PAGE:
(this was surprisingly insightful to write by the end)
This is being written on December 31st, last year, as you modern Internetters would now call that out-dated collection of 365 days, partly because I’m visiting relatives on New Year’s Day, and so won’t have the time to write a coherent post, but mostly because my, often but not always, lovely friends have once again pissed me the Hell off on Facebook.
This time, it’s about the seemingly traditional ‘20xx was a GREAT year guys, love you all for making it so good, you know who you are’ status update on Facebook. Wait, ‘you know who you are’? You’re going to thank people for making the last 12 months of your life tolerable, but you won’t namecheck them? Why on Earth not?
On a practical level, you appear to be highlighting the good deeds, or general good natures, of some of your friends, which is a sociable and friendly enough idea. However, your lack of identification of these people means I cannot possibly benefit from these kind folks and their almighty goodness that was deserving of a Facebook status.
You’re telling me that some people helped you get over the loss of a family member? Then tell me who the Hell they were, so I too can have a shoulder to cry on if my life turns tits-up in the near future, rather than the alternative that is marathonning old Charlie McDonnell videos.
Furthermore, such a status is non-committal for what it is; I won’t name those who have committed this heinous crime here, because my blog is intended to let me vent my anger at anything that moves (and perhaps entertain or offend you in the process, either works from a publicity viewpoint), not to create a Craigslist-style rundown of the greatest spouters of first-world-problems on my newsfeed.
However, on Facebook, you communicate entirely with your friends, with exactly the same people you are supposedly thanking for their kindness; on such a personal site, surely it makes sense to be this personal when you talk about people?
Also, audience is a problem here: this blog has been read by strangers in Kenya, and so I wouldn’t really be comfortable naming personal friends in these posts (the hypocrisy of the blog’s egotistical title accepted), but your statuses are only read by the very people you are thanking. Or are they?
And this leads into my biggest problems: that thanking people who ‘know who they are’ is simultaneously exclusive and terrifying. Exclusivity is present, as such a statement suggests only some people in your life are deserving of your thanks, and that the rest of us need to try harder to earn a coveted spot in your end-of-year hall of Fame of status updates.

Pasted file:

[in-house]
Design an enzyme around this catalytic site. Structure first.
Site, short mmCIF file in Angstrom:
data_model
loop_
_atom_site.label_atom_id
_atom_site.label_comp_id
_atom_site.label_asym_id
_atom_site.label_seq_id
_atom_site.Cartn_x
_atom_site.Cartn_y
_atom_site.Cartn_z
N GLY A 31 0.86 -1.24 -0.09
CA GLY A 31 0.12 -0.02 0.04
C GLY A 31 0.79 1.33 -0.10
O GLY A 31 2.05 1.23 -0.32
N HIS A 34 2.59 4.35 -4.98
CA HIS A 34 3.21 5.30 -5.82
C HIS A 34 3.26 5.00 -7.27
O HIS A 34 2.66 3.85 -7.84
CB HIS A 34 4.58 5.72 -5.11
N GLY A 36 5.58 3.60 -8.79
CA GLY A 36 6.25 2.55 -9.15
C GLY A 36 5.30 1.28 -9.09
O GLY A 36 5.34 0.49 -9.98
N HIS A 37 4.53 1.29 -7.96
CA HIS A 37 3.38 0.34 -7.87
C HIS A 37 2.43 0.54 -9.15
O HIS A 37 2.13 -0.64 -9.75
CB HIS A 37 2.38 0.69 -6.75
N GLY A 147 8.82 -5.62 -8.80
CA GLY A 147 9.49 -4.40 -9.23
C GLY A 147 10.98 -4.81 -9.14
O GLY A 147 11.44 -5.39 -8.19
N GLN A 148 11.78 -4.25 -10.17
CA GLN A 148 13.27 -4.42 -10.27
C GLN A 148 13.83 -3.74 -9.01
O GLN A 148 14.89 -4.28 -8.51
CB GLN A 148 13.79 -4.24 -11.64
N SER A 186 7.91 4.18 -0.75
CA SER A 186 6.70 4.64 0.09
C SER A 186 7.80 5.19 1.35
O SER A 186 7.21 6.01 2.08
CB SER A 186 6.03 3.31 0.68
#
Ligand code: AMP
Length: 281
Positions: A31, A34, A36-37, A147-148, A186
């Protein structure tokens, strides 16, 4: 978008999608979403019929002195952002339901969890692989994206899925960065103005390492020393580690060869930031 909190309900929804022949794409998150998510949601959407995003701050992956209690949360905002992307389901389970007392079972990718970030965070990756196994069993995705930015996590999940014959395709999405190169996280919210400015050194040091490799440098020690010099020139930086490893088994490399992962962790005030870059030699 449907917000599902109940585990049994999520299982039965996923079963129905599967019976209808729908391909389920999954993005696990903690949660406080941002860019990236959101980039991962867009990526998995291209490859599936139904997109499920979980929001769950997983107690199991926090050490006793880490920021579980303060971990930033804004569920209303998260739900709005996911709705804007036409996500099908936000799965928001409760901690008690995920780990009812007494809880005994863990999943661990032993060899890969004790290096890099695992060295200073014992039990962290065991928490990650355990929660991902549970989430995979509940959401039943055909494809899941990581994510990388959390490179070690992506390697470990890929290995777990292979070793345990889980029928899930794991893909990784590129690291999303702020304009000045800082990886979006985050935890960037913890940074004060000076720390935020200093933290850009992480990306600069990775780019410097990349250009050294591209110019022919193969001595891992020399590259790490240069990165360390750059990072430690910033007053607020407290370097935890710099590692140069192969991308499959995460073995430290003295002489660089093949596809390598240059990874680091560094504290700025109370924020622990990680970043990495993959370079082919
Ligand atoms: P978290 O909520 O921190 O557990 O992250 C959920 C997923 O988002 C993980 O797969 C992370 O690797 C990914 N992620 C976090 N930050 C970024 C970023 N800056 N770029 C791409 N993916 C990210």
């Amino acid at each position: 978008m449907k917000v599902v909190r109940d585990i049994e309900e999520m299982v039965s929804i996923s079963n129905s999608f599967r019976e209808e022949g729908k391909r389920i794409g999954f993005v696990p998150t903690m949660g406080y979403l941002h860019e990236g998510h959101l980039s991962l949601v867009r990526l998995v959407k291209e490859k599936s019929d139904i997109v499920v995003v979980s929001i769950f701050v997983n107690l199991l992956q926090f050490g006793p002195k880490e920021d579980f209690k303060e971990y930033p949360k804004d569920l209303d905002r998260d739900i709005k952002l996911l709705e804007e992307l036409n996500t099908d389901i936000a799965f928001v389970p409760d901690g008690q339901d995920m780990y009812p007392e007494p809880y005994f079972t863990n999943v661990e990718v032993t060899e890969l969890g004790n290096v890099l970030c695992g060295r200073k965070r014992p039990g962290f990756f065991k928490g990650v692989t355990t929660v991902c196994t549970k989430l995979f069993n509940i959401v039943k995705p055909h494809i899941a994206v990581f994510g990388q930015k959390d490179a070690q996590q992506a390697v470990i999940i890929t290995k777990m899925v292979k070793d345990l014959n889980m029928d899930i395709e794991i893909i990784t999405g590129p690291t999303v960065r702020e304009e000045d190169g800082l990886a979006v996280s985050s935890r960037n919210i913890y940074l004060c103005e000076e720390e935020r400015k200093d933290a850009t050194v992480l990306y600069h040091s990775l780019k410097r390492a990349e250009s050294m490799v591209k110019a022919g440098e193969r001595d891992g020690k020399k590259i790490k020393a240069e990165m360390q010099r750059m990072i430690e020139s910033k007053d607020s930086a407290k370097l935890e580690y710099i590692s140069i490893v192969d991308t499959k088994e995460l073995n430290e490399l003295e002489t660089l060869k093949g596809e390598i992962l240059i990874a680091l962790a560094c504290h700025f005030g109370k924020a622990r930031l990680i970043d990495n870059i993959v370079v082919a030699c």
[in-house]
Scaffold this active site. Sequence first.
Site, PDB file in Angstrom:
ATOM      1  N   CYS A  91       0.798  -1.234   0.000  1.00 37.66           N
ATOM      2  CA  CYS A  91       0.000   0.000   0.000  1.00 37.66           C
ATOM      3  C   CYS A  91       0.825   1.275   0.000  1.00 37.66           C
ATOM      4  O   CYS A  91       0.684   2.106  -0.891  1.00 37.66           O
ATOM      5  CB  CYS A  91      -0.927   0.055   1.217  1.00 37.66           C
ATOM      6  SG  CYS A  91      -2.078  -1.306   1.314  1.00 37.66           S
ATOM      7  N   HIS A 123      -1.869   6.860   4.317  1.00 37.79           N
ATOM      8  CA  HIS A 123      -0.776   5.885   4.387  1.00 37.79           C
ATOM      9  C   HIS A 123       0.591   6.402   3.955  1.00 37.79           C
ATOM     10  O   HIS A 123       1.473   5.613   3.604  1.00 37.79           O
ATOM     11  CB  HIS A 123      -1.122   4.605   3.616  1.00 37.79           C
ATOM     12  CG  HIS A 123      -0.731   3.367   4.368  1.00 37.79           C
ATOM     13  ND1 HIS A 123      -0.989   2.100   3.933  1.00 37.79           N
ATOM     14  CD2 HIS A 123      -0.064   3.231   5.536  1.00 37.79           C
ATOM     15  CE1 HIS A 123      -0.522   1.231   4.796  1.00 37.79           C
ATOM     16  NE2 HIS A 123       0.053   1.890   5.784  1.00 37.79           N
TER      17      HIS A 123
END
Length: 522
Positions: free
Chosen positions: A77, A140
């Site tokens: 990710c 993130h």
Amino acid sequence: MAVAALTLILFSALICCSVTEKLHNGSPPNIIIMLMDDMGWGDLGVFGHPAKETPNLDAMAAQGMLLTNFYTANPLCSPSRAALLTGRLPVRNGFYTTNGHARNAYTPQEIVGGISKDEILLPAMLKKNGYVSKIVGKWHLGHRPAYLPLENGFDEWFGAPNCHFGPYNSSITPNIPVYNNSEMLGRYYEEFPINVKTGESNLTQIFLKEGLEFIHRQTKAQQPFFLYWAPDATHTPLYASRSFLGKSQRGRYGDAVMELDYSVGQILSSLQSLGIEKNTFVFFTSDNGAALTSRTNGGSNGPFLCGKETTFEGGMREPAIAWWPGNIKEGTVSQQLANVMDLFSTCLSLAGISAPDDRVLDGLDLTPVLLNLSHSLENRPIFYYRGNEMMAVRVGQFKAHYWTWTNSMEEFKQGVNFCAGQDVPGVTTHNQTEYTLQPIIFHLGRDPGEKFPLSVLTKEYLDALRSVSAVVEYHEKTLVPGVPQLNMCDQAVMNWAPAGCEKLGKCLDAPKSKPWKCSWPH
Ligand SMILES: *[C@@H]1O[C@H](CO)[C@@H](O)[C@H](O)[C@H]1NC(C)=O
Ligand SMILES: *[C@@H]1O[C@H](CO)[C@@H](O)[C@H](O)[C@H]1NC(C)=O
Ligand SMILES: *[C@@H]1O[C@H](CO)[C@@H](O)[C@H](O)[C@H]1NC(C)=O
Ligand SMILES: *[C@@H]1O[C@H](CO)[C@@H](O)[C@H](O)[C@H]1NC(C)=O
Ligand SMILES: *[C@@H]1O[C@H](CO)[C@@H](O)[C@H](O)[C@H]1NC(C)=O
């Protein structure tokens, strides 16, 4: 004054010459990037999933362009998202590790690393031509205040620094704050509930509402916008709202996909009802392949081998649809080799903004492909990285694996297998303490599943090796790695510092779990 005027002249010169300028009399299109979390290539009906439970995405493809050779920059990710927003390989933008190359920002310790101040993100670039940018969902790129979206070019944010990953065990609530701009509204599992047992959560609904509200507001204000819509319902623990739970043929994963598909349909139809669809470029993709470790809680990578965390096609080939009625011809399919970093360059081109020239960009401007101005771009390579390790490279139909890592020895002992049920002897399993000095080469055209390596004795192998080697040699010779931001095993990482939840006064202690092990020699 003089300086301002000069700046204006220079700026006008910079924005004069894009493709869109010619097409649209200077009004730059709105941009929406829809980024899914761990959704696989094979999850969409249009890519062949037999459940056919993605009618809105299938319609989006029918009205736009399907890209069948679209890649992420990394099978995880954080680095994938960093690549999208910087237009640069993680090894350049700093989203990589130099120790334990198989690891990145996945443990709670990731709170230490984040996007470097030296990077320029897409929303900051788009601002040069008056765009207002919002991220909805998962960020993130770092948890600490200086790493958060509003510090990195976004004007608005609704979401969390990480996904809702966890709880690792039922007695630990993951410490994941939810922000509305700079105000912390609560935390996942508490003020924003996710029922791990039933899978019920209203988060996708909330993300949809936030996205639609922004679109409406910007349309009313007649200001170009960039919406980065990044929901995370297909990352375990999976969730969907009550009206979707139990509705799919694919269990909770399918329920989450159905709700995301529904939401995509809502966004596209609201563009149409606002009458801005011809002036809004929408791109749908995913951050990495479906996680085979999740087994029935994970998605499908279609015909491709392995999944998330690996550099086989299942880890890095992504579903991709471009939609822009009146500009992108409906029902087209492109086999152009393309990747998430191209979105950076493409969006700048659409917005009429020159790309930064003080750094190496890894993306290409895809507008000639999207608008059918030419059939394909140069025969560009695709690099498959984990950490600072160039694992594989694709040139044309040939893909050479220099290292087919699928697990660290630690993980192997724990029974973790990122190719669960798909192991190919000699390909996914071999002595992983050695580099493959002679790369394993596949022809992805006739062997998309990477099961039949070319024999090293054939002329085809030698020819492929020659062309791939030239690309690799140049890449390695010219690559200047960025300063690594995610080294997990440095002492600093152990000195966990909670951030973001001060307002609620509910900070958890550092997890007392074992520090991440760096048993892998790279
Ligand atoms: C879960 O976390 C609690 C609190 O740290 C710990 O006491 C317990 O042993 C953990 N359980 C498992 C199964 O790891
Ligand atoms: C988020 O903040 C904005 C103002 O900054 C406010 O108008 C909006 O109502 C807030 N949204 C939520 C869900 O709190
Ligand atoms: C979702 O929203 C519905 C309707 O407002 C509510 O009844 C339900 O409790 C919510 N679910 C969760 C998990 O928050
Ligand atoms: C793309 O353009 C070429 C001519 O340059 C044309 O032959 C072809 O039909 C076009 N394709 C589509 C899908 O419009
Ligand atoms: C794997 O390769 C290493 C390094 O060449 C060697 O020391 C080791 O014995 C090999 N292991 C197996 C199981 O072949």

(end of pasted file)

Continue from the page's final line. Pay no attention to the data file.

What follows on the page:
Personally, I don’t think some people have contributed to my development over the past year to greater or lesser extents, but in honestly different ways: my teachers made me a better writer and organiser over the course of the year, the friend I talked to once for an hour after no contact for the past seven years made me realise the relative awesomeness of my life, and the friends I made at Cambridge on just one day showed me how there are people outside of my own knowledge that love analysing syllable structure as much as I do. All of these people are deserving of my thanks and appreciation, in a much more meaningful sense than your superficially gratuitous Facebook status.
Fear is here too, to a much more painful effect, as people will inevitably start to question whether they’re part of the elect who are referred to in your vague thanking; for paranoid losers like me, who cherish every form of human communication as a gift from some omnipotent power to be worshipped and revered as such, I am incredibly fearful that you’ve forgotten me, or now dislike me, and have excluded me from your thanks and, by extension, thoughts.
I even feel left out from people who I think I know well; I would consider folks I’ve had memorable times with in clubs and lessons to be good friends, but then they whack a load of pictures of them at parties and gatherings on Facebook, with other, different friends that I’ve never met, and I start to fear for my position within their social hierarchy.
This is a deeper fear, that the person I consider my best friend in the world, who I would rank 1 out of 100 in my list of friends, would only stick me around the 25 mark. Do people care about me personally, and as a friend, or just as an amusing presence and source of revision notes in English lessons?
And then I get to go to University next year and start the whole ranking process all over again, with, at best, no experience of being anyone’s best friend and, at worst that, but with trust issues and emotional insecurities thrown in as well.
I’m pretty sure I’m over-thinking this, but I’m convinced you severely under-thought your non-committal and hurtful ‘thanking’, in which you tried to alienate no-one by mentioning no manes, but only made me doubt the validity of my own existence in the eyes of my so-called ‘friends’.
Or maybe I’m just reading too much into it. Happy New Year.